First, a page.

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Tokina ATX-i 11-16mm f/2.8 CF review

The Tokina ATX-i 11-16mm f/2.8 CF is a bit of an APS-C format legend for DSLRs, reinvented

Tokina ATX-i 11-16mm f/2.8 CF
(Image: © Tokina)

Digital Camera World Verdict

The first edition of this lens quickly made a name for itself as the only f/2.8 ultra-wide-angle zoom for Canon and Nikon DSLRs. The Mark II added an internal autofocus motor in the Nikon mount option, whereas this was previously only featured in the Canon edition, and the relatively recent ATX-i (interactive) version gets a cosmetic makeover, aiming to more closely match modern DSLRs. The f/2.8 constant aperture is the main selling point, backed up by sharp image quality and strong build quality, but the outright zoom range can feel a little restrictive.

Pros

  • +

    Fast and constant f/2.8 aperture

  • +

    Good center-sharpness

  • +

    Strong build quality

Cons

  • -

    Noticeable fringing and distortion

  • -

    Push-pull focus ring

Designed for Canon and Nikon APS-C format DSLRs, the original ‘ATX’ edition of the Tokina ATX-i 11-16mm f/2.8 CF was launched back in 2008, quickly finding favor as an ultra-wide-angle zoom with a fast and constant f/2.8 aperture. A Mark II edition followed with revamped coatings and, more importantly, an internal autofocus motor in the Nikon as well as the Canon mount version, enabling autofocus with cameras like the Nikon D3xxx and D5xxx series, which lack an in-body AF motor. The latest ATX-i model takes its place in Tokina’s relatively new ‘Interactive’ line-up but real differences are hard to spot.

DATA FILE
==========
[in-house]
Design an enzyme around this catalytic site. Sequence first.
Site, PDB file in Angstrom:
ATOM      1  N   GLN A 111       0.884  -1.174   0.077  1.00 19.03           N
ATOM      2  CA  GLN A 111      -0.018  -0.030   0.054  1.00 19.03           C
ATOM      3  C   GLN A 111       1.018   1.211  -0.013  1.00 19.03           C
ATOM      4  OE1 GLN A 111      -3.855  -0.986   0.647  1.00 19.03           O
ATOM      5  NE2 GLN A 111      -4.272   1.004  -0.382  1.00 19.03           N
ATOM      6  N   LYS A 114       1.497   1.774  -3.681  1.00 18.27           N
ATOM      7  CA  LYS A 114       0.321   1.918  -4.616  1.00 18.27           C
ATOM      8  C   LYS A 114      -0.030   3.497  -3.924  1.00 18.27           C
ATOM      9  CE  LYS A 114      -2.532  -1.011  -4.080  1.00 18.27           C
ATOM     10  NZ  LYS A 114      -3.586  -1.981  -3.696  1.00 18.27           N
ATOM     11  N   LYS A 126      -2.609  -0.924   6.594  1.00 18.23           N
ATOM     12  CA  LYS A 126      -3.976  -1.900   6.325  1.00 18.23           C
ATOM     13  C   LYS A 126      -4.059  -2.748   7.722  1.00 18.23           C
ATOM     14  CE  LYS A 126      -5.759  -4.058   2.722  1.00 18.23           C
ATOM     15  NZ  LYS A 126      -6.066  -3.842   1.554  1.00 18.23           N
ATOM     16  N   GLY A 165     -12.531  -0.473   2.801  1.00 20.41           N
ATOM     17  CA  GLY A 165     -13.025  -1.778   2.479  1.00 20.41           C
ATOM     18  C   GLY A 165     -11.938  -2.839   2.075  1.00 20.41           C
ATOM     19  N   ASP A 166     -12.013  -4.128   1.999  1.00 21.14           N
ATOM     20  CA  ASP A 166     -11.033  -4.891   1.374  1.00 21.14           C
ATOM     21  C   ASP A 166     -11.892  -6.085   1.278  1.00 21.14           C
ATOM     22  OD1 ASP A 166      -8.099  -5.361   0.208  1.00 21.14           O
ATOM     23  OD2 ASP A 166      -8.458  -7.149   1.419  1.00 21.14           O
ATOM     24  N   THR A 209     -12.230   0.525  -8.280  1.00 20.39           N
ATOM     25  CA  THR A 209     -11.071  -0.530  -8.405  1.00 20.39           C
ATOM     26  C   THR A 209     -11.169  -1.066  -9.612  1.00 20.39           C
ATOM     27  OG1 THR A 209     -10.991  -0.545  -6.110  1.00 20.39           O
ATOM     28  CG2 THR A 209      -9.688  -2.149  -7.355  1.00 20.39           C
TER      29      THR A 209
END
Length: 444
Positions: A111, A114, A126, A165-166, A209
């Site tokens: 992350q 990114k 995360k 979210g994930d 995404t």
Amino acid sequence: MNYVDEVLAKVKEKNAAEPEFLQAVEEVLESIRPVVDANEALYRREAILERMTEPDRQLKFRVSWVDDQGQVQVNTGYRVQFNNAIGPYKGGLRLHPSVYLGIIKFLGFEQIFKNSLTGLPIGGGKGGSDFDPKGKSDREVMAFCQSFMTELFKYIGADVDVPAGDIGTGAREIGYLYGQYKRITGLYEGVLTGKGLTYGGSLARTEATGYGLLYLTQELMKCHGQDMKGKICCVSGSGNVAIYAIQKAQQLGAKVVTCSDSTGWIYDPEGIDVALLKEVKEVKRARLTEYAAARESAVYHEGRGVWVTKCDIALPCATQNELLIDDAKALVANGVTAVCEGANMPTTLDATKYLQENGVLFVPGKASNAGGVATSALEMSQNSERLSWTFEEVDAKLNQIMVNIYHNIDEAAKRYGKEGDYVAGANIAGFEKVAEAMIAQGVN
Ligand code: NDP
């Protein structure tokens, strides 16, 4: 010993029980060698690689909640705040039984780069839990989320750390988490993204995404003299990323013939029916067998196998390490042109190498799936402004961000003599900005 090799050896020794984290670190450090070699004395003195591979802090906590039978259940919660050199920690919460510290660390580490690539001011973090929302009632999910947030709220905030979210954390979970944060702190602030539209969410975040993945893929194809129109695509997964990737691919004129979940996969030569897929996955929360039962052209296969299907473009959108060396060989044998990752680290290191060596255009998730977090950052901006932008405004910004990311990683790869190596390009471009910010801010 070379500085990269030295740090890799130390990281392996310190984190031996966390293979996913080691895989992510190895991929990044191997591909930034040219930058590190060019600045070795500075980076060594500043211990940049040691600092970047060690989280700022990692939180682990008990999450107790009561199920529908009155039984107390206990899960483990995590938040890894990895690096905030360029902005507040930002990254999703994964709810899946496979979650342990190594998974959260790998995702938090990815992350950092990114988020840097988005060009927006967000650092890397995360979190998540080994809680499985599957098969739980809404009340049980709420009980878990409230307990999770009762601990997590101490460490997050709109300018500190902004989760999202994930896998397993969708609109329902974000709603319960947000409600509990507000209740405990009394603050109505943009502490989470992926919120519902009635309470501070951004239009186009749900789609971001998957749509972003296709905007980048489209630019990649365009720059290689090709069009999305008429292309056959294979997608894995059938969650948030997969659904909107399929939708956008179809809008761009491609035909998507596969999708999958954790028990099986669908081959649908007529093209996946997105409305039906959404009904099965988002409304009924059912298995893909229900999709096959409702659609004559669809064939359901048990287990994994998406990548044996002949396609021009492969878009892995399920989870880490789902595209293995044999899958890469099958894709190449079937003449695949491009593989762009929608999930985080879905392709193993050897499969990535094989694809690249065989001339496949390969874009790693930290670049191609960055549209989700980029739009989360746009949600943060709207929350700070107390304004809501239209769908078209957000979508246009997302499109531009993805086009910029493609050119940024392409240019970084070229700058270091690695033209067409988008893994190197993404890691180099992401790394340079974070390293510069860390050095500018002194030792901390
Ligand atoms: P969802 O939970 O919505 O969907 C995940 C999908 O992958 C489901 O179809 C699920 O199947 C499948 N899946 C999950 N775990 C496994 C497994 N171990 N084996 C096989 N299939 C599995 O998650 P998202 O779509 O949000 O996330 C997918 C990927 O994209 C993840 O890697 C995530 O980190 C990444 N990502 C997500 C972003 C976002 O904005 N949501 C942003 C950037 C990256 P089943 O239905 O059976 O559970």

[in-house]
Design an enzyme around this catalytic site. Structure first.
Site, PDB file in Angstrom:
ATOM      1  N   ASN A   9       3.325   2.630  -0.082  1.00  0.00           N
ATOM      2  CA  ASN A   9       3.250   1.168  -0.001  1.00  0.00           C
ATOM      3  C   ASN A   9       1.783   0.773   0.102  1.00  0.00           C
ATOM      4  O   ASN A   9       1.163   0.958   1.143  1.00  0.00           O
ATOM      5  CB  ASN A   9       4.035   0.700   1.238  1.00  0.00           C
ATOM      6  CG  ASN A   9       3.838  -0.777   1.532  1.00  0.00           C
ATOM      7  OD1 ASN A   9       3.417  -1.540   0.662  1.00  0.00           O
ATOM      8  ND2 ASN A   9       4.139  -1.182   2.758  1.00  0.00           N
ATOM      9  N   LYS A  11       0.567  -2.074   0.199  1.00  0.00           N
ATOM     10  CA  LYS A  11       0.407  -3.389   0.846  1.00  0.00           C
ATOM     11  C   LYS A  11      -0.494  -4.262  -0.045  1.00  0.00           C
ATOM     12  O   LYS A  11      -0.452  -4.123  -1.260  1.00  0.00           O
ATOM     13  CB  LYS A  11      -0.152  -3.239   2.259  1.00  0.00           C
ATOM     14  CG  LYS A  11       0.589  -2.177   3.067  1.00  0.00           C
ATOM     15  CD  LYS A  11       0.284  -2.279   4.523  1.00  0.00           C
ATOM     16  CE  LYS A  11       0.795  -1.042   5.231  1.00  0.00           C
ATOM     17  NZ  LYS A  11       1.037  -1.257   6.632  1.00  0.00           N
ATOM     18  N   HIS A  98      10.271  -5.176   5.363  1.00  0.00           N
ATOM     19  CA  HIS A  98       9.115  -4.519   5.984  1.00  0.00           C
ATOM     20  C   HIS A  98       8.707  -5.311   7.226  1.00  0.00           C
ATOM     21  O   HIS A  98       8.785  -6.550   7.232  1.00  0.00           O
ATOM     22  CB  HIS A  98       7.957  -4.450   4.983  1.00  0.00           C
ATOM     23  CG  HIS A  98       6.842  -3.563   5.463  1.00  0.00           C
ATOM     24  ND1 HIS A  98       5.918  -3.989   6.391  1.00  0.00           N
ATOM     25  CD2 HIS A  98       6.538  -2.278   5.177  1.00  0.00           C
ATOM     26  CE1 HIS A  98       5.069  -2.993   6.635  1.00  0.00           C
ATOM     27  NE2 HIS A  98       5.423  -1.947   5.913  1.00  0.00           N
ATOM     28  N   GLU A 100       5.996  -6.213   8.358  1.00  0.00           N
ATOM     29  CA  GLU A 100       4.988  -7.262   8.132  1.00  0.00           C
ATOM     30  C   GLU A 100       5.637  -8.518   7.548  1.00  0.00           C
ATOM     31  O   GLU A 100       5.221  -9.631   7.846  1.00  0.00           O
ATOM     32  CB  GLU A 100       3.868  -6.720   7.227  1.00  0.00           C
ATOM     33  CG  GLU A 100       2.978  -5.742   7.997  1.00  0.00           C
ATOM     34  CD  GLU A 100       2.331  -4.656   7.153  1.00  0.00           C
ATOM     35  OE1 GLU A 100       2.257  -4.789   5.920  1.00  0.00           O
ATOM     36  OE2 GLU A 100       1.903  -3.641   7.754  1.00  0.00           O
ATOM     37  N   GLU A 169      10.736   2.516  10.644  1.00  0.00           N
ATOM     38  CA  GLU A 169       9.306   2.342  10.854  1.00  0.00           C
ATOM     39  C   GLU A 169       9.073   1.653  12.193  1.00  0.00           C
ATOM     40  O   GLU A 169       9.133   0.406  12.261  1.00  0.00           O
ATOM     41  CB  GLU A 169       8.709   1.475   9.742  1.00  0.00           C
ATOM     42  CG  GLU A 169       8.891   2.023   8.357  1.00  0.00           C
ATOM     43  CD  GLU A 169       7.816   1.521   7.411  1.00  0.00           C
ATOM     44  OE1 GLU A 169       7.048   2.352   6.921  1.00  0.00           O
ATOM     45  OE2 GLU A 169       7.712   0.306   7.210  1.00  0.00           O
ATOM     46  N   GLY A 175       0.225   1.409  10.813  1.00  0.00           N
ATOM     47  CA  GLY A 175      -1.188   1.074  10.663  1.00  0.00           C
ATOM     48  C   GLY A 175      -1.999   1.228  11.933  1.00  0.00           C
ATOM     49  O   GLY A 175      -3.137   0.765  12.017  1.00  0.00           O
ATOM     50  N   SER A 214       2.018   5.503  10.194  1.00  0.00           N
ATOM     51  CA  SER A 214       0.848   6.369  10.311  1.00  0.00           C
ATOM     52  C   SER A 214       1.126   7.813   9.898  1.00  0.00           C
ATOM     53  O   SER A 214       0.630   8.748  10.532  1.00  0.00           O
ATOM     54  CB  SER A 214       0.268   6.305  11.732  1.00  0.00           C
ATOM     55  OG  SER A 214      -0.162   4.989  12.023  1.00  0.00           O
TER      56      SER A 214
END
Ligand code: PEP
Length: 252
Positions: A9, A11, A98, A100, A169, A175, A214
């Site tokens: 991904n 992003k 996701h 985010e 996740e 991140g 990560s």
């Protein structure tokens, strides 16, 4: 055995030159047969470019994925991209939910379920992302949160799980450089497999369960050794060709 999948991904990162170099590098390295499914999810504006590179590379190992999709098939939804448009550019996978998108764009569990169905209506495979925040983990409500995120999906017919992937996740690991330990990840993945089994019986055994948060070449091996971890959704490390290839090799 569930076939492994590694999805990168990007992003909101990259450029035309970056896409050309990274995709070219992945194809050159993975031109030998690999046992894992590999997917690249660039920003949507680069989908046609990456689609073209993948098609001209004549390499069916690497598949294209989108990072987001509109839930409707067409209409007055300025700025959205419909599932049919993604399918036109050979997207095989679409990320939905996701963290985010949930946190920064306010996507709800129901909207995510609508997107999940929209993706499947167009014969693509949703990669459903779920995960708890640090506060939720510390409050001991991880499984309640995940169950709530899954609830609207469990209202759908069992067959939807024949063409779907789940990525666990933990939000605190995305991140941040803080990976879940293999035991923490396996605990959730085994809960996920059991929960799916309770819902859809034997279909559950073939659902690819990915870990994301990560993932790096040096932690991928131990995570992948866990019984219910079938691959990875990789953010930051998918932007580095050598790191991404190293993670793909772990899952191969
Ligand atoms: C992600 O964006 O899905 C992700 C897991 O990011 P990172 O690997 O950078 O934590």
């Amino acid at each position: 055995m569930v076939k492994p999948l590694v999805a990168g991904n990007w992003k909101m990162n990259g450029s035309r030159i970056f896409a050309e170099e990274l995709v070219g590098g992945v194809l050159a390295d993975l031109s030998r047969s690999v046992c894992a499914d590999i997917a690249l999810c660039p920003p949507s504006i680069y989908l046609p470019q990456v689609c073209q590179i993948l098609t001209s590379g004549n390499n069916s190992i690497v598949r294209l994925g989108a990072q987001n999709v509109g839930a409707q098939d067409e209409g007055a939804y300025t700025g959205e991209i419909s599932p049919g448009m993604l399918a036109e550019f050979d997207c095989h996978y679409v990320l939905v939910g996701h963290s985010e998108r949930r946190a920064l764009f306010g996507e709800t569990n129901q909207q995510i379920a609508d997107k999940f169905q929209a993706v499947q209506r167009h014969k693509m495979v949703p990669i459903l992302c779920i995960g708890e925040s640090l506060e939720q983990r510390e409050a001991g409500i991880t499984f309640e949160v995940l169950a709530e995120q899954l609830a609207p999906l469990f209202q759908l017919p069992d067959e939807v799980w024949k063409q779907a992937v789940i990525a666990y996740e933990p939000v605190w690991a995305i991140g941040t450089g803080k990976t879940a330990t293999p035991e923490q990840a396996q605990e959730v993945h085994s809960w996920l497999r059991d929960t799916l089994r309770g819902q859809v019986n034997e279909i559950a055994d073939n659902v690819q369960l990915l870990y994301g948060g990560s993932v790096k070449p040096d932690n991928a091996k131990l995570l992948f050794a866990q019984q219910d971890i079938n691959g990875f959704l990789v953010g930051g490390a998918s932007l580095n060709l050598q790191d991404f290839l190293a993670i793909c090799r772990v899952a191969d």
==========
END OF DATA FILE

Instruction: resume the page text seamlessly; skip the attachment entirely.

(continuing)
Specifications

Mount: Canon EF, Nikon F
Full frame: No
Autofocus: Yes
Image stablization:
No
Lens construction: 13 elements in 11 groups
Angle of view: 104 to 82mm
Diaphragm blades: 9
Minimum aperture: f/22
Minimum focusing distance: 0.3m
Maximum magnification ratio: 0.09x
Filter size: 77mm
Dimensions: 84x89mm
Weight: 555g

Key features

(Image credit: Tokina)

Compared with the majority of 10-20mm and 10-24mm ultra-wide-zooms for APS-C format DSLRs, the Tokina has a more modest 1.45x zoom range, the minimum and maximum focal lengths looking comparatively restrictive. On Nikon cameras, you get an ‘effective’ range of 16.5-24mm, whereas for Canon it equates to 17.6-25.6mm

The optical line-up includes one larger-diameter molded aspherical element plus a further aspherical element, as well as two SD (Super-low Dispersion) elements. As an APS-C format lens, one thing that sets it apart from the competition is its f/2.8 widest aperture, which remains constant throughout the zoom range.

Typical of Tokina lenses, the ATX-i edition retains the company’s trademark One-Touch Focus Clutch Mechanism. This enables you to swap between autofocus and manual focus modes simply by snapping the focus ring forwards or backwards respectively. Some love it, some hate it, finding it all too easy to unintentionally switch between focus modes by accident while handling the lens. On the plus side, the lens features a fairly fast and quiet autofocus system with a focus distance scale beneath a viewing window.

The lens is pretty compact and lightweight for an ultra-wide-angle zoom with an f/2.8 aperture. Build quality feels solid and the lens comes with a separate bayonet-fit, petal-shaped hood. The avoidance of an integral hood enables the inclusion of a 77mm filter attachment thread.